The 2022 hurricane season has gotten off to a rather sluggish start.
For the first time since 2017, there were no named hurricanes in June or July. And, so far this year, there have only been three named tropical storms at all. Just one of them, Colin, reached the Carolinas.
Colin barely even qualified as a tropical storm. It was so weak that it stayed under forecasters’ radar until the last possible minute. The National Weather Service even said the storm would likely have a positive effect on the region, given how little rainfall there had been recently before Colin arrived in early July.
But a slow start to hurricane season doesn’t mean it’s time to let anyone’s guard down. In 2017, the last time there was similar season, Hurricane Harvey wreaked havoc upon Houston, causing tens of billions of dollars in damage, much of which is still being paid for and fixed five years later.
The National Oceanic and Atmospheric Administration updated its 2022 hurricane season outlook Thursday morning, saying the chances for an above-normal hurricane season have declined slightly, from 65% to 60%, while the chances of a normal hurricane season have increased from 20% to 30%.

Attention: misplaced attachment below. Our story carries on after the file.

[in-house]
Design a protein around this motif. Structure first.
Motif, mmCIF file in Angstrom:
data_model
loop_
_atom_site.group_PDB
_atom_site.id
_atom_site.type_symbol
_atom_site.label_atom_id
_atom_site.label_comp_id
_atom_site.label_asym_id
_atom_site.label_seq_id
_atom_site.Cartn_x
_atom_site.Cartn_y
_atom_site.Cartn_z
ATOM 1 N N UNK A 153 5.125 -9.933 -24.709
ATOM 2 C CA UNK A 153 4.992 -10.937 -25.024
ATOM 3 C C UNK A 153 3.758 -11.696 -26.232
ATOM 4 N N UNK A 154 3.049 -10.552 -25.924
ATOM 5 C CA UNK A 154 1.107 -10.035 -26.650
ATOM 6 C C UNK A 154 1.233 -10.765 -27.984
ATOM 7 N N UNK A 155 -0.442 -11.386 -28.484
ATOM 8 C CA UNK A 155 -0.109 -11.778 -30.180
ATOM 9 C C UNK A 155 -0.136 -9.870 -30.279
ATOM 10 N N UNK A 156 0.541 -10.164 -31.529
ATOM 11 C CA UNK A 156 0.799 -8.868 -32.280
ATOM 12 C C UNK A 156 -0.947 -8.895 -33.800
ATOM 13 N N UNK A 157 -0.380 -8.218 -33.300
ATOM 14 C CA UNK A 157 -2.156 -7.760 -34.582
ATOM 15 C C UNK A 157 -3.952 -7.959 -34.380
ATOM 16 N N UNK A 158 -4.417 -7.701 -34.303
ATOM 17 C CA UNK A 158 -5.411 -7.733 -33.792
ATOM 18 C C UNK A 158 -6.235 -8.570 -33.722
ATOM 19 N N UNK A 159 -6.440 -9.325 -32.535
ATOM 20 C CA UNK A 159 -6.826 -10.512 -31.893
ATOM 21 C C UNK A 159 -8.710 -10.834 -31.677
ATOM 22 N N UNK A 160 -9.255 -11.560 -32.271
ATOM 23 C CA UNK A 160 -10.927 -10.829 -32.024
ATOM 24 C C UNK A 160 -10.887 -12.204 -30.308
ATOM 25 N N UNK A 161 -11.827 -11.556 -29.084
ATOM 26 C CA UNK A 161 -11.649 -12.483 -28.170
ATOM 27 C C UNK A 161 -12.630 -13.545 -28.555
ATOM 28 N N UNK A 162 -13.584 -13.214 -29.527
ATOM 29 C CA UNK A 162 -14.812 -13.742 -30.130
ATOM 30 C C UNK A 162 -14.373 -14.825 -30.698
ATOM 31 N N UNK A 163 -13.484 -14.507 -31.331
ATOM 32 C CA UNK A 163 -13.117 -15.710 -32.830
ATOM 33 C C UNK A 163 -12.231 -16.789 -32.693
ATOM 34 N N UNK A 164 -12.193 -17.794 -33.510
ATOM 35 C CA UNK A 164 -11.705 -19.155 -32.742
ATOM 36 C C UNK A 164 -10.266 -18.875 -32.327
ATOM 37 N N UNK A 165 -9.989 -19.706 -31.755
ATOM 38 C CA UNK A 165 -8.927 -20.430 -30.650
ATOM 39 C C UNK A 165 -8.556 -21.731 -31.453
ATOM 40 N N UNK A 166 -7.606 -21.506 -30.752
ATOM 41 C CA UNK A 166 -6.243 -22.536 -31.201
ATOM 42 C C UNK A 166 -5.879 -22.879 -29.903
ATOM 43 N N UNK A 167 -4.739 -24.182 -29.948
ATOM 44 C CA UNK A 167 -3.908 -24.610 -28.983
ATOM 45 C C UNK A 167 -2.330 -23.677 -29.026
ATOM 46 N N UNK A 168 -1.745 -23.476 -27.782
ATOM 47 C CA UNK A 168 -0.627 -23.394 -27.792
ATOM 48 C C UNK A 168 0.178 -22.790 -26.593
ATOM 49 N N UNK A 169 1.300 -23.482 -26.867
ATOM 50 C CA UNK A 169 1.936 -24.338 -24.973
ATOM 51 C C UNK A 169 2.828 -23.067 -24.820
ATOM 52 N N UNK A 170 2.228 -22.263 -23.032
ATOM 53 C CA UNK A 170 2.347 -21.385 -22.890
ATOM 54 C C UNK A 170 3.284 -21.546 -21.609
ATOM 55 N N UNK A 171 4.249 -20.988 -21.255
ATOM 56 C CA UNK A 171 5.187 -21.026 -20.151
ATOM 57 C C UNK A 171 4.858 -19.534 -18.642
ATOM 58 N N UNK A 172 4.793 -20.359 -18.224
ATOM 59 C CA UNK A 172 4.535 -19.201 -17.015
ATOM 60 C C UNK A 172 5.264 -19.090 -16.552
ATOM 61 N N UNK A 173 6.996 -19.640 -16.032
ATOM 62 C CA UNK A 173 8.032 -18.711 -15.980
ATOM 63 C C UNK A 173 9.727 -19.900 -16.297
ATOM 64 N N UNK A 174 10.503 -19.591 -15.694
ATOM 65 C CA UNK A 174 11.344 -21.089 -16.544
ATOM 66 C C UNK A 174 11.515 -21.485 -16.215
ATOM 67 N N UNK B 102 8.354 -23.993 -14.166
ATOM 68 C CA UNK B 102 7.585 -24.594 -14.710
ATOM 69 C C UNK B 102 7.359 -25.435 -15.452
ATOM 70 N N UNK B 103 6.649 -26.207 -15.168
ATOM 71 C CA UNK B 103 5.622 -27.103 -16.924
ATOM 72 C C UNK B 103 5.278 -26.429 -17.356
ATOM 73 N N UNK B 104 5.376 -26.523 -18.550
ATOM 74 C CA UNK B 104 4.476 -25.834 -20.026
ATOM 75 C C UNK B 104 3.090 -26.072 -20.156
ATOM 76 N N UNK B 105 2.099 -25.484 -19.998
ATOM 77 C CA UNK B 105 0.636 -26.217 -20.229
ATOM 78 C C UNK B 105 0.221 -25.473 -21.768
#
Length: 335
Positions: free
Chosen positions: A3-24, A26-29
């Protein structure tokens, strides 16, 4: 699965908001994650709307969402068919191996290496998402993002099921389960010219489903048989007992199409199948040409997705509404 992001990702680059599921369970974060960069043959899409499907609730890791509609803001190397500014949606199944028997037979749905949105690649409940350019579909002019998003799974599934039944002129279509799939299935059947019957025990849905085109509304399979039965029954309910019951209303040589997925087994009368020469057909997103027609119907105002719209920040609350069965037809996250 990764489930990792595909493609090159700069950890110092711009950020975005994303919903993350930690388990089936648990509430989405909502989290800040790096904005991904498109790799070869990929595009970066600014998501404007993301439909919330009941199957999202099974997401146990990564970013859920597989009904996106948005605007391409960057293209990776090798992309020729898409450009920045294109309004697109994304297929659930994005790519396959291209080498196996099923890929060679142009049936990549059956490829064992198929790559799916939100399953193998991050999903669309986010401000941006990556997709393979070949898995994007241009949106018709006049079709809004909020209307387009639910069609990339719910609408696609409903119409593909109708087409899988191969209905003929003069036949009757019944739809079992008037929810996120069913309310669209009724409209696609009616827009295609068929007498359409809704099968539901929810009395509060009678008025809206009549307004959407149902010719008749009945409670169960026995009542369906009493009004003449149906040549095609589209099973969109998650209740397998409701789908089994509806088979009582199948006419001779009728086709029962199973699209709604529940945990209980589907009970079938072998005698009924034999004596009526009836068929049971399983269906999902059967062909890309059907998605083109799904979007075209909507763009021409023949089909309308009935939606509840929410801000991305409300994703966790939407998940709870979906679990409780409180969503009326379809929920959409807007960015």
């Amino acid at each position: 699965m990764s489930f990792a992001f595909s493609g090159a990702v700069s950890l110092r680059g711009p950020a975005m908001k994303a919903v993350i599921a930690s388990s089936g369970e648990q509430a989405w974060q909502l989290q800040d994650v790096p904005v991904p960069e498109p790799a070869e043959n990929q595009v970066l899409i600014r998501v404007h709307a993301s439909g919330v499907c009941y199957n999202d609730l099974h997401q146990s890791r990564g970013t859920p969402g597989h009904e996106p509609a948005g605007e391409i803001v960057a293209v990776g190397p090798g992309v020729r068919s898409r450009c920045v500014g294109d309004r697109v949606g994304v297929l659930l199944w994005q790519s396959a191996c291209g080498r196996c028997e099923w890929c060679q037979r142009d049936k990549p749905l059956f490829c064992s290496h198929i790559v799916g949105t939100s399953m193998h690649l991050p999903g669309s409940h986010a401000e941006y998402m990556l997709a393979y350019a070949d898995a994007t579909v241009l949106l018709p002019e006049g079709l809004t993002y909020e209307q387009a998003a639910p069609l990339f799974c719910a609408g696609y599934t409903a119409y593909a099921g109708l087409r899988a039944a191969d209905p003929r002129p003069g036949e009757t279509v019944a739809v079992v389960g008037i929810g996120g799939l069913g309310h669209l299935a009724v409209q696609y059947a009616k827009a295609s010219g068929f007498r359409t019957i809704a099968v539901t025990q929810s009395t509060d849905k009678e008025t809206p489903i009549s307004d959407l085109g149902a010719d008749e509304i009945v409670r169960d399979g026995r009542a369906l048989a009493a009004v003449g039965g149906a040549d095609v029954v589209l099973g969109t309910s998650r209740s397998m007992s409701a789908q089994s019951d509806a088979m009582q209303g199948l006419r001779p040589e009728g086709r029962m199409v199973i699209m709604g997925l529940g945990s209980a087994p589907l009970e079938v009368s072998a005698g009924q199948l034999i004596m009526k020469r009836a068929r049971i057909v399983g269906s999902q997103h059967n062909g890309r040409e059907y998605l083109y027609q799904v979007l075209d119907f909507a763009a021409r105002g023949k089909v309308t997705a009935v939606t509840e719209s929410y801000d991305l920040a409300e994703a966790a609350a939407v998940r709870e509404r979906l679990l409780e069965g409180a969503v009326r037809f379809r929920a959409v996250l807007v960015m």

“While the tropics have been relatively quiet over the last month, remember that it only takes one landfalling storm to devastate a community,” said Matthew Rosencrans, lead seasonal hurricane forecaster at NOAA’s climate prediction center. “This is especially critical as we head into what the team here, NOAA, anticipates is likely to be a busy peak to the season. So now is the time to know your risk, develop a plan, and be prepared for potential tropical storms or hurricanes ahead.”
Earlier this year, NOAA predicted “above normal activity” for the 2022 hurricane season. The federal agency said the Atlantic and Gulf coasts would likely see 14-21 named storms and six to 10 hurricanes. Also, three to six of the hurricanes would probably be “major hurricanes” — Category 3 or higher.
Now, NOAA forecasts that there will be 14-20 named storms and three to five major hurricanes. The range of hurricanes in general, six to 10, stayed the same.
A major reason for the slow start to hurricane season is the fact that ocean temperatures in the parts of the Atlantic and Gulf of Mexico where storms typically form have been normal or below average, Rosencrans said. Warm ocean surface temperatures are what give tropical storms the fuel they need to grow. Without that, the storms whither.
However, Rosencrans warned that having little tropical weather in June and July is fairly typical. Hurricane season peaks in September, with 90% of the storms for any year happening August through October. Last year, there was about a month-long lull between Hurricane Elsa, whose remnants hit the Carolinas, in early July and Tropical Storm Fred in August.